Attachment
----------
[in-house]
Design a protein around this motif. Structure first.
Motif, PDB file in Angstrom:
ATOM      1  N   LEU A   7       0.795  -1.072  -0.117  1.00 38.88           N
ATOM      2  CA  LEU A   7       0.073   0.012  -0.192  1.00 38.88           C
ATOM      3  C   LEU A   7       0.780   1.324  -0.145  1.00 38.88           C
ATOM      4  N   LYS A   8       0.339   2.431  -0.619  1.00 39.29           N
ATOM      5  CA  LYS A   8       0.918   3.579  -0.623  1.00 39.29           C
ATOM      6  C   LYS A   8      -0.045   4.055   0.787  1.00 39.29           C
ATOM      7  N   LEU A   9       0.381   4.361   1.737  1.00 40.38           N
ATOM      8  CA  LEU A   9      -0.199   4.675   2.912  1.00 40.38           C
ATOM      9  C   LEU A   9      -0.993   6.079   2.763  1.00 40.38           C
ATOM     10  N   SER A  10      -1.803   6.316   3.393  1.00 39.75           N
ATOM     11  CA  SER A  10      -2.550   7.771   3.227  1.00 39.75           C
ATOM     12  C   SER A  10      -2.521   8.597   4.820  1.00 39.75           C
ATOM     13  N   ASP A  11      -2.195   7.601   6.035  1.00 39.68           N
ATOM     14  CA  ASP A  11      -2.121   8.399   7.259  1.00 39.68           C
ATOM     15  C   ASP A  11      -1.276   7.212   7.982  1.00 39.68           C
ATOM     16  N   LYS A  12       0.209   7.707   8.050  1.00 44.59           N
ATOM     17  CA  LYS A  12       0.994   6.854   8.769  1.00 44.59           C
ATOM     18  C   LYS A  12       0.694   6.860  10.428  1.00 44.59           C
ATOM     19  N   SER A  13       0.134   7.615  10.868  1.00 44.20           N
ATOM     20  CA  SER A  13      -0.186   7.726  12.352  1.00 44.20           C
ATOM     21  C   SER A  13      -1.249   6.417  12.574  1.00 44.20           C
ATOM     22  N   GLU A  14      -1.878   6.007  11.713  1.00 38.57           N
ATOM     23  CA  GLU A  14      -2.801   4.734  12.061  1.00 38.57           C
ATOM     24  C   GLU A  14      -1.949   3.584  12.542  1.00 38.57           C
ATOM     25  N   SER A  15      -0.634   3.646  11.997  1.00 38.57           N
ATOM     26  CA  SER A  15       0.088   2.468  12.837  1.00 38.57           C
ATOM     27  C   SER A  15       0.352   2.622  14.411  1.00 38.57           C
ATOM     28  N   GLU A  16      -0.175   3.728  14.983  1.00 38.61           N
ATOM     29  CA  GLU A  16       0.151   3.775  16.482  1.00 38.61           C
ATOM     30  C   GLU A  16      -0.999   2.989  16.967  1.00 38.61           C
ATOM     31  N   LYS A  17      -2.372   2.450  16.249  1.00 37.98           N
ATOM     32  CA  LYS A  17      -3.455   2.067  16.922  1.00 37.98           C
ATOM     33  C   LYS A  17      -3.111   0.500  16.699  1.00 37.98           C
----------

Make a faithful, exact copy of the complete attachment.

[in-house]
Design a protein around this motif. Structure first.
Motif, PDB file in Angstrom:
ATOM      1  N   LEU A   7       0.795  -1.072  -0.117  1.00 38.88           N
ATOM      2  CA  LEU A   7       0.073   0.012  -0.192  1.00 38.88           C
ATOM      3  C   LEU A   7       0.780   1.324  -0.145  1.00 38.88           C
ATOM      4  N   LYS A   8       0.339   2.431  -0.619  1.00 39.29           N
ATOM      5  CA  LYS A   8       0.918   3.579  -0.623  1.00 39.29           C
ATOM      6  C   LYS A   8      -0.045   4.055   0.787  1.00 39.29           C
ATOM      7  N   LEU A   9       0.381   4.361   1.737  1.00 40.38           N
ATOM      8  CA  LEU A   9      -0.199   4.675   2.912  1.00 40.38           C
ATOM      9  C   LEU A   9      -0.993   6.079   2.763  1.00 40.38           C
ATOM     10  N   SER A  10      -1.803   6.316   3.393  1.00 39.75           N
ATOM     11  CA  SER A  10      -2.550   7.771   3.227  1.00 39.75           C
ATOM     12  C   SER A  10      -2.521   8.597   4.820  1.00 39.75           C
ATOM     13  N   ASP A  11      -2.195   7.601   6.035  1.00 39.68           N
ATOM     14  CA  ASP A  11      -2.121   8.399   7.259  1.00 39.68           C
ATOM     15  C   ASP A  11      -1.276   7.212   7.982  1.00 39.68           C
ATOM     16  N   LYS A  12       0.209   7.707   8.050  1.00 44.59           N
ATOM     17  CA  LYS A  12       0.994   6.854   8.769  1.00 44.59           C
ATOM     18  C   LYS A  12       0.694   6.860  10.428  1.00 44.59           C
ATOM     19  N   SER A  13       0.134   7.615  10.868  1.00 44.20           N
ATOM     20  CA  SER A  13      -0.186   7.726  12.352  1.00 44.20           C
ATOM     21  C   SER A  13      -1.249   6.417  12.574  1.00 44.20           C
ATOM     22  N   GLU A  14      -1.878   6.007  11.713  1.00 38.57           N
ATOM     23  CA  GLU A  14      -2.801   4.734  12.061  1.00 38.57           C
ATOM     24  C   GLU A  14      -1.949   3.584  12.542  1.00 38.57           C
ATOM     25  N   SER A  15      -0.634   3.646  11.997  1.00 38.57           N
ATOM     26  CA  SER A  15       0.088   2.468  12.837  1.00 38.57           C
ATOM     27  C   SER A  15       0.352   2.622  14.411  1.00 38.57           C
ATOM     28  N   GLU A  16      -0.175   3.728  14.983  1.00 38.61           N
ATOM     29  CA  GLU A  16       0.151   3.775  16.482  1.00 38.61           C
ATOM     30  C   GLU A  16      -0.999   2.989  16.967  1.00 38.61           C
ATOM     31  N   LYS A  17      -2.372   2.450  16.249  1.00 37.98           N
ATOM     32  CA  LYS A  17      -3.455   2.067  16.922  1.00 37.98           C
ATOM     33  C   LYS A  17      -3.111   0.500  16.699  1.00 37.98           C